American Eagle Outfitters, Inc., also known as American Eagle, is an American lifestyle, clothing, and accessories retailer headquartered at SouthSide Works in Pittsburgh, Pennsylvania. It was founded in 1977 by brothers Jerry and Mark Silverman as a subsidiary of Retail Ventures, Inc., a company that also owned and operated Silverman's Menswear. The Silvermans sold their ownership interests in 1991 to Jacob Price of Knoxville, Tennessee. American Eagle Outfitters is also the parent company of Aerie.

Donald George Fisher was an American billionaire businessman and philanthropist. He co-founded The Gap Inc. clothing stores with his wife Doris F. Fisher.

TJX Companies American multinational discount department store corporation

The TJX Companies, Inc. is an American multinational off-price department store corporation, headquartered in Framingham, Massachusetts. It was formed as a subsidiary of Zayre Corp. in 1987, and became the legal successor to Zayre Corp. following a company reorganization in 1989.

Forth & Towne is a defunct brand of clothing stores owned by Gap Inc., which owns Gap, Banana Republic, and Old Navy brands. It operated several test stores in the Chicago, Atlanta, and New York City areas. Forth & Towne focused on women over 35 who grew up with the Gap brand, but have "lost touch" with it.

J.Crew

J.Crew Group, Inc., is an American multi-brand, multi-channel, specialty retailer. The company offers an assortment of women's, men's, and children's apparel and accessories, including swimwear, outerwear, lounge-wear, bags, sweaters, denim, dresses, suiting, jewelry, and shoes.

VF Corporation American apparel company

VF Corporation is an American worldwide apparel and footwear company founded in 1899 and headquartered in Denver, Colorado. The company's more than 30 brands are organized into three categories: Outdoor, Active and Work. The company controls 55% of the U.S. backpack market with the JanSport, Eastpak, Timberland, and North Face brands.

Gymboree Group, Inc. is a wholly owned subsidiary of The Children's Place.

Cynthia Harriss is an American retail and tourism industry executive, notable for her senior roles with Gap Inc. and The Walt Disney Company.

Millard "Mickey" S. Drexler is an American businessman and investor, currently serving as the chairman of Outdoor Voices, and head of Drexler Ventures. He was formerly the CEO and Chairman of J.Crew Group, as well as the CEO of Gap Inc. He was on the board of directors at Apple Inc. from 1999 to 2015.

Justice was a clothing and lifestyle retailer targeting the tween girl market, formerly owned by Tween Brands, Inc. and later by Ascena Retail Group since 2009.

Stein Mart American discount department store chain

Stein Mart is an American discount men's and women's department store chain based in Jacksonville, Florida. Stein Mart had locations primarily in the Southeast, Texas, and California. Stein Mart stores sold recent trends in clothing for both men and women. Additionally, home decor, accessories, and shoes were all available at discounted prices.

Anchor Blue Clothing Company

Anchor Blue Inc. was an American clothing retailer which had over 100 stores in the western United States. It generally sold its own Anchor Blue brand name of youth-oriented denim, graphic T-shirts and casual clothing. Sometimes the company was referred to as the Anchor Blue Inc., but their retail clothing chain of stores was labeled as Anchor Blue. The Anchor Blue and Miller's Outpost brands were acquired by Perry Ellis International in 2012.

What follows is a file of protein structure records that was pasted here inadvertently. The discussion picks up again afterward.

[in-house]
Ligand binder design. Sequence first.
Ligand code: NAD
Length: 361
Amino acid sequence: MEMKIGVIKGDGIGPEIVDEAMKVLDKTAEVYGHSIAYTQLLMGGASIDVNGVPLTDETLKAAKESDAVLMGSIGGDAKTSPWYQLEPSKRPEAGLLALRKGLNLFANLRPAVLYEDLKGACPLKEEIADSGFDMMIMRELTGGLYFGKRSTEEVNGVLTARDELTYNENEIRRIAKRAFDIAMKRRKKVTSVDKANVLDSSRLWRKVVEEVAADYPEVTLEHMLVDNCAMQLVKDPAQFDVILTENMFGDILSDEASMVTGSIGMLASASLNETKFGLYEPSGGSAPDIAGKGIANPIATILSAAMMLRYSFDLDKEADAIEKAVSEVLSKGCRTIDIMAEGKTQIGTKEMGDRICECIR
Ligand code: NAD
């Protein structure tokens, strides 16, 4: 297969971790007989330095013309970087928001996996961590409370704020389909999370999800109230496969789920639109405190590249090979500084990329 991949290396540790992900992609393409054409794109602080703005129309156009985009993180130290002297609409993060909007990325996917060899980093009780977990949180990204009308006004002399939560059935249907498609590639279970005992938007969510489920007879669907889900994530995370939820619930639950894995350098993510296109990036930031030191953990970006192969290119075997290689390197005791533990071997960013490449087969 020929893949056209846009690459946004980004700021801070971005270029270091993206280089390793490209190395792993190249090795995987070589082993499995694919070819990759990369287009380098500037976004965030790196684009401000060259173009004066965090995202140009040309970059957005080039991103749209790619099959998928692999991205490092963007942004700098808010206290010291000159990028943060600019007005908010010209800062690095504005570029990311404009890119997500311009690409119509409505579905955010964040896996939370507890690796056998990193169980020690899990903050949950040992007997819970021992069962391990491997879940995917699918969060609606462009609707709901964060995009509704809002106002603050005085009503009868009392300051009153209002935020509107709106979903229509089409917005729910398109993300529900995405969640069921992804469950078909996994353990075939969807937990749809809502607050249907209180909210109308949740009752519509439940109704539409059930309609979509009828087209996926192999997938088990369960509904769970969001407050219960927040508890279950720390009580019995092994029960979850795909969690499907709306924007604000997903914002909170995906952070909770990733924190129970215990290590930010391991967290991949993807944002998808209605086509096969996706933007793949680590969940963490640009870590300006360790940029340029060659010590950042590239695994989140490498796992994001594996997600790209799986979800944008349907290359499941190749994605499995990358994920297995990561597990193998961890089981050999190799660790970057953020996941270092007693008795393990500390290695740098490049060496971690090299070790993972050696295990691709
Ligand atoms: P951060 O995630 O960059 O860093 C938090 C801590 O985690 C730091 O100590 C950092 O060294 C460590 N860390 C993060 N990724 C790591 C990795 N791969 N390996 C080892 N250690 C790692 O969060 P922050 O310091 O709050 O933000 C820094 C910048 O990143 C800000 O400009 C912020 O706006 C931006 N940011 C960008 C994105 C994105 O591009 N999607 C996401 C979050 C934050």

Robert J. Fisher American businessman

Robert Joseph "Bob" Fisher is an American businessman. He is currently chairman of The Gap, Inc. and has been a director since 1990; he was previously chairman of the board (2004-2007) and interim chief executive officer. The son of Gap Inc. co-founders Donald Fisher and Doris F. Fisher, Bob Fisher has been involved with the company as a board member or employee for over 30 years.

Charlotte Russe (clothing retailer) Clothing retail chain store

Charlotte Russe is an American clothing retail chain store that operated in the United States, headquartered in San Francisco, California. Fashions in the stores are targeted at women in their teens and twenties. The company owns and operates stores in 45 states. As of June 2014, Charlotte Russe operates 560 stores, mostly in malls and shopping centers. It filed for Chapter 11 bankruptcy on February 4, 2019. It was announced on March 7, 2019 that it would be closing all of its remaining stores and would be attempting to sell the brand's intellectual property. In April 2019 the company under new ownership has announced on its website that it will reopen 100 retail locations. After the company announced it was closing its stores, the brand was sold to Toronto-based YM Inc., according to a press release.

Aritzia

Aritzia Inc. is a Canadian women's fashion brand founded in Vancouver, British Columbia, by Brian Hill in 1984. Aritzia operates various upscale retail stores across Canada and the United States. The company went public on October 3, 2016.

Abercrombie & Fitch (A&F) is an American retailer that focuses on casual wear. Its headquarters are in New Albany, Ohio. The company operates three other offshoot brands: Abercrombie Kids, Hollister Co., and Gilly Hicks As of February 2020, the company operated 854 stores across all brands.